Context: Health values (utilities or preferences for health states) are often incorporated into clinical decisions and health care policy when issues of quality vs length of life arise, but little is known about health values of the very old.
Objective: To assess health values of older hospitalized patients, compare their values with those of their surrogate decision makers, investigate possible determinants of health values, and determine whether health values change over time.
Design: A prospective, longitudinal, multicenter cohort study.
Setting: Four academic medical centers.
Participants: Four hundred fourteen hospitalized patients aged 80 years or older and their surrogate decision makers who were interviewed and understood the task.
Main outcome measures: Time-trade-off utilities, reflecting preferences for current health relative to a shorter but healthy life.
Results: On average, patients equated living 1 year in their current state of health with living 9.7 months in excellent health (mean [SD] utility, 0.81 [0.28]). Although only 126 patients (30.7%) rated their current quality of life as excellent or very good, 284 (68.6%) were willing to give up at most 1 month of 12 in exchange for excellent health (utility > or =0.92). At the other extreme, 25 (6.0%) were willing to live 2 weeks or less in excellent health rather than 1 year in their current state of health (utility < or =0.04). Patients were willing to trade significantly less time for a healthy life than their surrogates assumed they would (mean difference, 0.05; P=.007); 61 surrogates (20.3%) underestimated the patient's time-trade-off score by 0.25 (3 months of 12) or more. Patients willing to trade less time for better health were more likely to want resuscitation and other measures to extend life. Time-trade-off score correlated only modestly with quality-of-life rating (r=0.28) and inversely with depression score (r=-0.27), but there were few other clinical or demographic predictors of health values. When patients who survived were asked the time-trade-off question again at 1 year, they were willing to trade less time for better health than at baseline (mean difference, 0.04; P=.04).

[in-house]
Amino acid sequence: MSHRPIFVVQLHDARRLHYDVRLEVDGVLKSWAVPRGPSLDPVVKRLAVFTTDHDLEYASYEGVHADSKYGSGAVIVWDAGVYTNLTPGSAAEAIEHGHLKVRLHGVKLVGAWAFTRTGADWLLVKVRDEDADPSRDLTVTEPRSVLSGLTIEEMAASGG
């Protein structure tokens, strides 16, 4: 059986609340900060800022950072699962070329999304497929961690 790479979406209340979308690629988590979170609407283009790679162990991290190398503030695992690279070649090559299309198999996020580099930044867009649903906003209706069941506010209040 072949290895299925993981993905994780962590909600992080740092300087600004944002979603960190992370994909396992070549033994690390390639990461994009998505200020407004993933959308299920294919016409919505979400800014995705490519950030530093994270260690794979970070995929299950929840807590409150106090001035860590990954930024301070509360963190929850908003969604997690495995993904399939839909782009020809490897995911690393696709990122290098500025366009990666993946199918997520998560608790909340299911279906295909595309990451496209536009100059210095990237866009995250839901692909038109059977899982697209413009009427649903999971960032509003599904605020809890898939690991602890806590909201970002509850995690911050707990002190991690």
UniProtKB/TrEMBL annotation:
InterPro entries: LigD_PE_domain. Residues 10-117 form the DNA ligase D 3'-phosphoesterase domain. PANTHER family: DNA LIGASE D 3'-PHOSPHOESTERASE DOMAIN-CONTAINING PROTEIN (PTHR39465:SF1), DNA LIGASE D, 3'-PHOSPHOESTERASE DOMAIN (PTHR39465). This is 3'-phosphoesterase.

Conclusion: Very old hospitalized patients who could be interviewed were able, in most cases, to have their health values assessed using the time-trade-off technique. Most patients were unwilling to trade much time for excellent health, but preferences varied greatly. Because proxies and multivariable analyses cannot gauge health values of elderly hospitalized patients accurately, health values of the very old should be elicited directly from the patient.